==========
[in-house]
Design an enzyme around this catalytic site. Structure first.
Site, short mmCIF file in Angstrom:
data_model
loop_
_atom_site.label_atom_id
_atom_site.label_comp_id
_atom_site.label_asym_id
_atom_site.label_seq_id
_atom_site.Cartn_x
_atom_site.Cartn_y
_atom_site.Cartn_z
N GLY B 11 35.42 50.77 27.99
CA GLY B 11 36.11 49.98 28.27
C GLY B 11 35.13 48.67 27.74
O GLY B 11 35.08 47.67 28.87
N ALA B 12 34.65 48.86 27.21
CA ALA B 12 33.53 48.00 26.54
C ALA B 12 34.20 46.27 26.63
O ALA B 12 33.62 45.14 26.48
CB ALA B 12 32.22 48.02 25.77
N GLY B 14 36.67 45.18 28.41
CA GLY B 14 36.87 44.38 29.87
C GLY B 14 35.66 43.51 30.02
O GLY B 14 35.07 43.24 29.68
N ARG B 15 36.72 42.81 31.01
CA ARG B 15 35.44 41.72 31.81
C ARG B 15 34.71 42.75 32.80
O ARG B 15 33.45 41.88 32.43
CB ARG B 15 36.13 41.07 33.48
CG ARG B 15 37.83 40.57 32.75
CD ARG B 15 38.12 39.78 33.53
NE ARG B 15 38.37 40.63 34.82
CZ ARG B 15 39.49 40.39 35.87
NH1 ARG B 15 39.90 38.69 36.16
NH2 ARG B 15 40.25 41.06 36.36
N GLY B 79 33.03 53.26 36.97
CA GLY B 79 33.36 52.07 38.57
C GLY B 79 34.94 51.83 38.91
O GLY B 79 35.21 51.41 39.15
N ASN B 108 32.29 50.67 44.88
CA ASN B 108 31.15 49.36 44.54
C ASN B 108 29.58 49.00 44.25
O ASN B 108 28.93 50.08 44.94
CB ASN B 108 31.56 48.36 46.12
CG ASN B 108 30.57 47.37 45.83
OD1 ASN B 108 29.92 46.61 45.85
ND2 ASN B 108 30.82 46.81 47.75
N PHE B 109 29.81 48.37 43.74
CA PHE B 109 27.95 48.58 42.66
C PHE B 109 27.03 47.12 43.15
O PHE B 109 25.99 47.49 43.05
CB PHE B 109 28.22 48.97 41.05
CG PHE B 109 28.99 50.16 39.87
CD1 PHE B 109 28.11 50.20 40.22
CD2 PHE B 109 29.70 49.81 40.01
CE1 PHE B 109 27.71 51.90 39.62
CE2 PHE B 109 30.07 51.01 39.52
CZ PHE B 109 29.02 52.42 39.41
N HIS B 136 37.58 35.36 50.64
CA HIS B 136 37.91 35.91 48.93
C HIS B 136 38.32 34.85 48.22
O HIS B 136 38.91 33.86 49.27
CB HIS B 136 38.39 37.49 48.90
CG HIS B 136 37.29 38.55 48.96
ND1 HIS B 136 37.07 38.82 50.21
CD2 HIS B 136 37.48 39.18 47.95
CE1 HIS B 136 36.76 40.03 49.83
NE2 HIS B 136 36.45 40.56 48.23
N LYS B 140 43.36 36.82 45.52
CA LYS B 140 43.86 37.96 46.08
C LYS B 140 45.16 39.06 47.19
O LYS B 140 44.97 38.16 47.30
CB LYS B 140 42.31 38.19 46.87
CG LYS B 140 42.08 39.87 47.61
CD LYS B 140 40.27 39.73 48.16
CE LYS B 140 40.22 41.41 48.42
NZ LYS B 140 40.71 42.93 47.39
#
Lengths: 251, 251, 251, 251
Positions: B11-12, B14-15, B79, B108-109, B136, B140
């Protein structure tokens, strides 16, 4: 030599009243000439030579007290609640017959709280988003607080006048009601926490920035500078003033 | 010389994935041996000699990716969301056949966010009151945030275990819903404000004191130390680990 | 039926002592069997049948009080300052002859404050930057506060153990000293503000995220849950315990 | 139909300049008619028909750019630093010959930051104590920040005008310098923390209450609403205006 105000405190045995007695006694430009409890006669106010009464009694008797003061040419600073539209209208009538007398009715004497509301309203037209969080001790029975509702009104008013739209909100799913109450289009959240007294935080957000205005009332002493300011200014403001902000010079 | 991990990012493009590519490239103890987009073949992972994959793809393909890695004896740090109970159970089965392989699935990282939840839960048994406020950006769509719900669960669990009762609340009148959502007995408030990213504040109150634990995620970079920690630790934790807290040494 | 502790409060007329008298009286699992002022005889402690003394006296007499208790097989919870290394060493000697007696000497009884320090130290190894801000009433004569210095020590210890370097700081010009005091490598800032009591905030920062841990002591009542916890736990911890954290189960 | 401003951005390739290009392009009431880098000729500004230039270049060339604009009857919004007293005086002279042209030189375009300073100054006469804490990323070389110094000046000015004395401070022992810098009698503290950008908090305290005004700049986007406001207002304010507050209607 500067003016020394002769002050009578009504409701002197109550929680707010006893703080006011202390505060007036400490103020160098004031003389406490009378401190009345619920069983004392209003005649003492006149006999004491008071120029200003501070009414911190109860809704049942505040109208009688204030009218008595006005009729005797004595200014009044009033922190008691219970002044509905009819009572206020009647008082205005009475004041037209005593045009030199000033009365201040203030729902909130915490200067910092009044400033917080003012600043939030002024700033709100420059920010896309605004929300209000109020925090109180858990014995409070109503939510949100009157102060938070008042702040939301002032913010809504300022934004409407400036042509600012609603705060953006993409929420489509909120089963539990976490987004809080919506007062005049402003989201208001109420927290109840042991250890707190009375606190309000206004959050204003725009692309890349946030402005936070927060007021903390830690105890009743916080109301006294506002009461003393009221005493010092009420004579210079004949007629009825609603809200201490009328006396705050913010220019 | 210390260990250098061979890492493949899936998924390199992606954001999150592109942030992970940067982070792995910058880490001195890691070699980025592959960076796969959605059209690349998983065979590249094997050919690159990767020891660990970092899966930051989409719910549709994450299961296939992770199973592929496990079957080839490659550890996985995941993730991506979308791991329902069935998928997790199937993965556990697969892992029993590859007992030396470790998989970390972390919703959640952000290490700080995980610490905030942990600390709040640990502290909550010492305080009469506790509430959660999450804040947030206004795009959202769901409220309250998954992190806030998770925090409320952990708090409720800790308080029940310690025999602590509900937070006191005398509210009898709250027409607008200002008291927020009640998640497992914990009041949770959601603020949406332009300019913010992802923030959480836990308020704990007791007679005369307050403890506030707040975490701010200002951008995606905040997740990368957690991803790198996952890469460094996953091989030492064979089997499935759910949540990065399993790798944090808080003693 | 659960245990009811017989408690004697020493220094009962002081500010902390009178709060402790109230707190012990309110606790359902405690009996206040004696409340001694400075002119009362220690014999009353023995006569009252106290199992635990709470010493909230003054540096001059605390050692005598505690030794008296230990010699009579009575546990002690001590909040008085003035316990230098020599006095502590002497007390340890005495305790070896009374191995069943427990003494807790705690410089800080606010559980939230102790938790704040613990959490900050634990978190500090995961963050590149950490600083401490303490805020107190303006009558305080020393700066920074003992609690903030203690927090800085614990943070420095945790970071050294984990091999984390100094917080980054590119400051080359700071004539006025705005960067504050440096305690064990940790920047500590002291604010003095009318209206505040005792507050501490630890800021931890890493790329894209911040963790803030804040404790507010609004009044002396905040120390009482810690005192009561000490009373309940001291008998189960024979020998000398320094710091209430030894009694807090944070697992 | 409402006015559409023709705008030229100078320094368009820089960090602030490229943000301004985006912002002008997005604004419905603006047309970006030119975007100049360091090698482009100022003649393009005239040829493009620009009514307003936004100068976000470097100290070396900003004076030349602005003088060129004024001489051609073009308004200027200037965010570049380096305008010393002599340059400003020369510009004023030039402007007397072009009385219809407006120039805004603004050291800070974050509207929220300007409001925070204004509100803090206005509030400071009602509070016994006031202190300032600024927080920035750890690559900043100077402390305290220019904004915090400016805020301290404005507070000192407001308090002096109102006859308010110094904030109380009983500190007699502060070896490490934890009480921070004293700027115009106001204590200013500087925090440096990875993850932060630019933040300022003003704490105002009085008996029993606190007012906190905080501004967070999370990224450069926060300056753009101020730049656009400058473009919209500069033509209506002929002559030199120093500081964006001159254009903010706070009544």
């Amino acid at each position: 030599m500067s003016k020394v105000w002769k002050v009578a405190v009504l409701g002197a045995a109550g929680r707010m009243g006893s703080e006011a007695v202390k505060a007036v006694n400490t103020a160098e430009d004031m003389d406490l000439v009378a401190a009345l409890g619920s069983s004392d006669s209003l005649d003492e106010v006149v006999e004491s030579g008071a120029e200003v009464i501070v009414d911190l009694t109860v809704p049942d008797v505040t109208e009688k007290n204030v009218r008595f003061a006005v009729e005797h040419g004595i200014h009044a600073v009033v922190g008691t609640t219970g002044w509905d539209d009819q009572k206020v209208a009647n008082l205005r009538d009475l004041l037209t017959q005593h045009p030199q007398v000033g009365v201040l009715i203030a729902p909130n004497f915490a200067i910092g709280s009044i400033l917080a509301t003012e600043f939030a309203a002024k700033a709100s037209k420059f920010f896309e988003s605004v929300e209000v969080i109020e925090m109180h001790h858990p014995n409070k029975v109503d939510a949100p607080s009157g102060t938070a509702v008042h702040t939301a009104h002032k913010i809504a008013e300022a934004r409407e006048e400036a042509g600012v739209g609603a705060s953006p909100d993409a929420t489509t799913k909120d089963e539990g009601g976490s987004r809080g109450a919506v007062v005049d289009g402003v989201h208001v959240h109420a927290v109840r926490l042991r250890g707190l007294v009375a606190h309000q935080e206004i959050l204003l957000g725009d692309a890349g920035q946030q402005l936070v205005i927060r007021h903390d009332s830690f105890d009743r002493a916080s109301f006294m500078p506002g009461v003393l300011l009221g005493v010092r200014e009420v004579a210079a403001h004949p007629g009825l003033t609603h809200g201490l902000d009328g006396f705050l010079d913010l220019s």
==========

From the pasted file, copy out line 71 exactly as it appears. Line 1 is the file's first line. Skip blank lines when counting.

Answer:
CA LYS B 140 43.86 37.96 46.08